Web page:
Billionaire to repay university loans


Seniors at Morehouse College were surprised on Sunday when investor-billionaire Robert F. Smith announced in his opening speech that he would pay off student loan debt for graduates of the college. 39, University of Black.

"My family will create a grant to eliminate your student loans," he told new graduates in Atlanta.

The sum of more than 300 students is about $ 40 million, CNP spokeswoman Aileen Dodd told CNN.

Smith on Sunday also received an honorary degree with actress Angela Bassett and psychologist Edmund Gordon.

The entrepreneur, founder of investment firm Vista Equity Partners, accounts for about $ 5 billion, according to Forbes.

Aged 56, he was a chemical engineer at Goodyear and Kraft before attending a business school. He worked for Goldman Sachs, specialized in technology investments, before creating Vista Equity in 2000.

Vista Equity invests only in software, data and technology companies and has $ 46 billion in capital commitments, the company's website says.

Smith has a fairly generous tendency. In 2016, Cornell University, one of its alma maters, renamed its School of Chemical and Biomolecular Engineering in the honor of the Austin, Texas, investor. after being pledged to pay $ 50 million to the school. He has also donated millions of dollars to cancer research and the arts.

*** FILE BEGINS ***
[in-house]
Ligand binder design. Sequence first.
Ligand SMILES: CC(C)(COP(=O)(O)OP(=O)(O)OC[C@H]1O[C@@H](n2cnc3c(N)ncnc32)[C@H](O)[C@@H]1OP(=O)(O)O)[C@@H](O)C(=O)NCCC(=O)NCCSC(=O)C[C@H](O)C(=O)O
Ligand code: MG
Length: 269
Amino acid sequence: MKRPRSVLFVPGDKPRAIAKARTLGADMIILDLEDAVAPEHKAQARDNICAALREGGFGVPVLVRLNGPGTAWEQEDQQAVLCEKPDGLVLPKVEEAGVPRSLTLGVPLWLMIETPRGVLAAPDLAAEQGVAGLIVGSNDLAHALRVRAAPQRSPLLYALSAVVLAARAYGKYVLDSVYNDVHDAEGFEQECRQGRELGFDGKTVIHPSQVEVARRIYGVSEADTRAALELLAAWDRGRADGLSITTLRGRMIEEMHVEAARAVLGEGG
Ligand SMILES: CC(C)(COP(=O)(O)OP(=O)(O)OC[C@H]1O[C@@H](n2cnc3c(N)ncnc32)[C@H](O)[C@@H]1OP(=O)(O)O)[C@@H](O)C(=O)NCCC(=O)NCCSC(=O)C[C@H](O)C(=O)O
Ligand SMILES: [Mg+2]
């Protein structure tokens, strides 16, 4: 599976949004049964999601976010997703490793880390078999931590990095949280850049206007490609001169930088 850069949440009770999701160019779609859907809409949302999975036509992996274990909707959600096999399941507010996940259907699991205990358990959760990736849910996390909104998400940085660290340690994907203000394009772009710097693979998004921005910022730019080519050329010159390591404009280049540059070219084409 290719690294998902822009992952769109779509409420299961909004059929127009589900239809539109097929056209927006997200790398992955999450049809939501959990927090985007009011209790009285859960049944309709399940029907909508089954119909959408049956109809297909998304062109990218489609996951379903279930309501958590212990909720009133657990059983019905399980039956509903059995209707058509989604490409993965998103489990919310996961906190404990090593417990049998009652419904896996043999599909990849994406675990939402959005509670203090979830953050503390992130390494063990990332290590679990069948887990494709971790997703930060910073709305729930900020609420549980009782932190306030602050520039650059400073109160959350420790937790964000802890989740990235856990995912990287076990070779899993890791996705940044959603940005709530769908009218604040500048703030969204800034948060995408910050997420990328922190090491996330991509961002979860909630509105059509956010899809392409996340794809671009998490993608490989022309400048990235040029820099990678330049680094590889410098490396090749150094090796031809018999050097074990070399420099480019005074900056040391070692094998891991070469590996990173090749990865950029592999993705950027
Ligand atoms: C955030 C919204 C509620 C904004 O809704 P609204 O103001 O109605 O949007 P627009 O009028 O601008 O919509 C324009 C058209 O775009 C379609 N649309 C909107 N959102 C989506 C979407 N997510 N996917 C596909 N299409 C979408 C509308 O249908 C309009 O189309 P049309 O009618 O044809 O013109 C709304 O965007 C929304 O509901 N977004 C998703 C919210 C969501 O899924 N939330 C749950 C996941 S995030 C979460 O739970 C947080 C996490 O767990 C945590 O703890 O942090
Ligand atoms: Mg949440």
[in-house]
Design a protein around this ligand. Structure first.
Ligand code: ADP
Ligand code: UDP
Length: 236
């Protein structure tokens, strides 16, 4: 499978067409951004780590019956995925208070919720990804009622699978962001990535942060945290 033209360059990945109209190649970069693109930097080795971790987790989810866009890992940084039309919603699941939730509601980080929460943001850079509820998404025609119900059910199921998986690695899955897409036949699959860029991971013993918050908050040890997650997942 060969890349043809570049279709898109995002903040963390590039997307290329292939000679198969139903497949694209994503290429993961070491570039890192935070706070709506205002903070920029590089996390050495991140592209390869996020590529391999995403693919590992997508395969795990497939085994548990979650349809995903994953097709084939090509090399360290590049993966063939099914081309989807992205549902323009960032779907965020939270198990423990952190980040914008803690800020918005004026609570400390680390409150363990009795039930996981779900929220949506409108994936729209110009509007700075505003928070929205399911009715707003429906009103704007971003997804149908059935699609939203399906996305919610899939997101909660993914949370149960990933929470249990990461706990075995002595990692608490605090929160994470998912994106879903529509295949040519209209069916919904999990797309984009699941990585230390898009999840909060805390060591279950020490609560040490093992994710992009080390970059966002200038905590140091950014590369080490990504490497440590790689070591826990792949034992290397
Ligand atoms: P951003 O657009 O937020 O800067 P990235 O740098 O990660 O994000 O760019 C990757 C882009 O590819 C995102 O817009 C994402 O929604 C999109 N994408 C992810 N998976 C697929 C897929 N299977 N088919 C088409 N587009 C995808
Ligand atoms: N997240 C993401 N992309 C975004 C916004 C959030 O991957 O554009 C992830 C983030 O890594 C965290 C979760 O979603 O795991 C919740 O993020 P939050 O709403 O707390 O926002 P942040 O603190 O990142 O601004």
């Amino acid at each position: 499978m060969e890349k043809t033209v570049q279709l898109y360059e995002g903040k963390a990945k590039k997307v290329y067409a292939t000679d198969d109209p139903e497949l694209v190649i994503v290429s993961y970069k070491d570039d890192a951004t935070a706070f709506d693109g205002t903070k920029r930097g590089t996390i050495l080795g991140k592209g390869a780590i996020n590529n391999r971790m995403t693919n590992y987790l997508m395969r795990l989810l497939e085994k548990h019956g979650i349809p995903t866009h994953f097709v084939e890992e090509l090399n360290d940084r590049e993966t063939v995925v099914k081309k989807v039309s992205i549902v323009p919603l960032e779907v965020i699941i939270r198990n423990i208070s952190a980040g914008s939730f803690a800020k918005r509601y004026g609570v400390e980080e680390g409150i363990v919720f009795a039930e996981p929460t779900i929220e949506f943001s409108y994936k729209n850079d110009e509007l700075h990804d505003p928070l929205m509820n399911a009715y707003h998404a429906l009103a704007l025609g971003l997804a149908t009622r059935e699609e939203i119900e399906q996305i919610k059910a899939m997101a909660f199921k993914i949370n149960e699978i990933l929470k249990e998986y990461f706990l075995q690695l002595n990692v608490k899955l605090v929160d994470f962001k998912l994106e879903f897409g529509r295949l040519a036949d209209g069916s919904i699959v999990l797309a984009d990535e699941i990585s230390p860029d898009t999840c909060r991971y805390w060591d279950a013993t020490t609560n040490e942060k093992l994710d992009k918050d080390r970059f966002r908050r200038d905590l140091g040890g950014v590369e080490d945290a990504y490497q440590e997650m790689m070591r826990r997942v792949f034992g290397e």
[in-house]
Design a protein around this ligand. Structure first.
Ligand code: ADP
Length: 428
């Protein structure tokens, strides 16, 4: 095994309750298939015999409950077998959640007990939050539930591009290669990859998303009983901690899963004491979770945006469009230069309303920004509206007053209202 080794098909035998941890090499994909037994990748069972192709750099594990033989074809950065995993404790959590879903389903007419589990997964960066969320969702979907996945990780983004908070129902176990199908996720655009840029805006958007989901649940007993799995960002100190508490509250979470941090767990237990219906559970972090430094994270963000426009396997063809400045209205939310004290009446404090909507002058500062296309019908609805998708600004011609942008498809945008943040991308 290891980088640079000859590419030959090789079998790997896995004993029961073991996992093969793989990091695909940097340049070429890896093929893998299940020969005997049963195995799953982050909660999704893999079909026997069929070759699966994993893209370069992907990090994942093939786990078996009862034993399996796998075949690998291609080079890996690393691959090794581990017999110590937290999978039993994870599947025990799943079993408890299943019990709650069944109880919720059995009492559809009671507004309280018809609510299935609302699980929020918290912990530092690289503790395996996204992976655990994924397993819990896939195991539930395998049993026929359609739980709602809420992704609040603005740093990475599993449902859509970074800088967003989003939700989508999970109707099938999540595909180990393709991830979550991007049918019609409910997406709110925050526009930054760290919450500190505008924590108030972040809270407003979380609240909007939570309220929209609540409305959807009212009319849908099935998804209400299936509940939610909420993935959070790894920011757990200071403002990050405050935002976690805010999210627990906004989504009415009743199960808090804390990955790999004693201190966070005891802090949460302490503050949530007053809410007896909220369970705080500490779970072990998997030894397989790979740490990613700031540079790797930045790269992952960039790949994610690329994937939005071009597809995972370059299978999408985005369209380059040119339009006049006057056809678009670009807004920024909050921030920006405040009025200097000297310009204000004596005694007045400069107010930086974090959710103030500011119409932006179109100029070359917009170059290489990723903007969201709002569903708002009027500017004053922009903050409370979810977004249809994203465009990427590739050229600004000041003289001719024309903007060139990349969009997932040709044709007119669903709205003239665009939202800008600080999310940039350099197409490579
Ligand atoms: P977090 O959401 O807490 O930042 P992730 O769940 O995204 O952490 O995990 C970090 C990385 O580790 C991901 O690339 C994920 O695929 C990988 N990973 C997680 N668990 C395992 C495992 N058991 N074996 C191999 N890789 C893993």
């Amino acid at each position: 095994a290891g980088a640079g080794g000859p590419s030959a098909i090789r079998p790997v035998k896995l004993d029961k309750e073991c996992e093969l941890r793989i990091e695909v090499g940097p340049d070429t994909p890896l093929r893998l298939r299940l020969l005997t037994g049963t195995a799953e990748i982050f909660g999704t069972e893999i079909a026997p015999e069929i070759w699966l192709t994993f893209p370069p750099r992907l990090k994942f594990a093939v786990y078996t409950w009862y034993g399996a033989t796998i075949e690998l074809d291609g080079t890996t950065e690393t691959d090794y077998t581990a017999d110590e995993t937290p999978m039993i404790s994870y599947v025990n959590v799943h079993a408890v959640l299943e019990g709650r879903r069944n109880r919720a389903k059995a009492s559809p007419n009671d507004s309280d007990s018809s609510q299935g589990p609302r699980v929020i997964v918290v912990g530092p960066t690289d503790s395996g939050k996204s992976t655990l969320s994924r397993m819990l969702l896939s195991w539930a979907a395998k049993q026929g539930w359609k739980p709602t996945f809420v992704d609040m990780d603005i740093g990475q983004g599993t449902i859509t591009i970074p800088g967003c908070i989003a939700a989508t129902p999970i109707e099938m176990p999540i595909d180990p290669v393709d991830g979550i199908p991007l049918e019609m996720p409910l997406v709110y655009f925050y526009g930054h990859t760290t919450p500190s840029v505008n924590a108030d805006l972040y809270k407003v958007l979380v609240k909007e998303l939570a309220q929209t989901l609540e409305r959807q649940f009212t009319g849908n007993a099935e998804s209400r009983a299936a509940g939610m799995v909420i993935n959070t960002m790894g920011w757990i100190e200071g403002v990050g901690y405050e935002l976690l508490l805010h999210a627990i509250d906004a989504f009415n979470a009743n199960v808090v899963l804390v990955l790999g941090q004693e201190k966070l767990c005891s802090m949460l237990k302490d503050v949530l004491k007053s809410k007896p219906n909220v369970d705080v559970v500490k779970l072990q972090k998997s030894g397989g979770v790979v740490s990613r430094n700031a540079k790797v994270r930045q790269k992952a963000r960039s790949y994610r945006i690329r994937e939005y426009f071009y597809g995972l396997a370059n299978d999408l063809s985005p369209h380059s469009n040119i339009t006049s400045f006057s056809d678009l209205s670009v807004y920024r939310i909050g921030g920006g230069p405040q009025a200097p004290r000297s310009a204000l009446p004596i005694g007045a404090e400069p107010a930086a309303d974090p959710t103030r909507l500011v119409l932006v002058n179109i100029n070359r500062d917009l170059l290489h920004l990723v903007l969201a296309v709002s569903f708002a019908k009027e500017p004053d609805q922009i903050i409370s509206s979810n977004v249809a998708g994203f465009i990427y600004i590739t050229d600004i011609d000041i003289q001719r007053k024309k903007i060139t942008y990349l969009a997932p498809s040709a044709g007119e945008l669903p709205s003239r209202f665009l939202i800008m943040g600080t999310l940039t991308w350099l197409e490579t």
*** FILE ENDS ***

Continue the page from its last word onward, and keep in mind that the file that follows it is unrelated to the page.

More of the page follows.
Its Fund II Foundation awards grants under five pillars: preserving the African-American experience, protecting human rights, preserving the environment, providing music education and supporting "essential American values ​​such as that the spirit of enterprise, "says the organization.

In 2017, Smith signed the Giving Pledge, an effort led by billionaires Warren Buffett and Bill and Melinda Gates to convince wealthy Americans to donate half of their fortune.

In signing this pledge, Smith said he would focus on causes that support equality for black Americans and the environment. His wife, model Hope Dworaczyk Smith, will focus on helping children, he wrote.

"I will never forget that parents, grandparents and generations of African-Americans, whose name I will never know, have paved the way," Smith said. "Their struggles, their courage and their progress have allowed me to struggle and succeed, my story would only be possible in America, and it is incumbent upon us all to advance this legacy."

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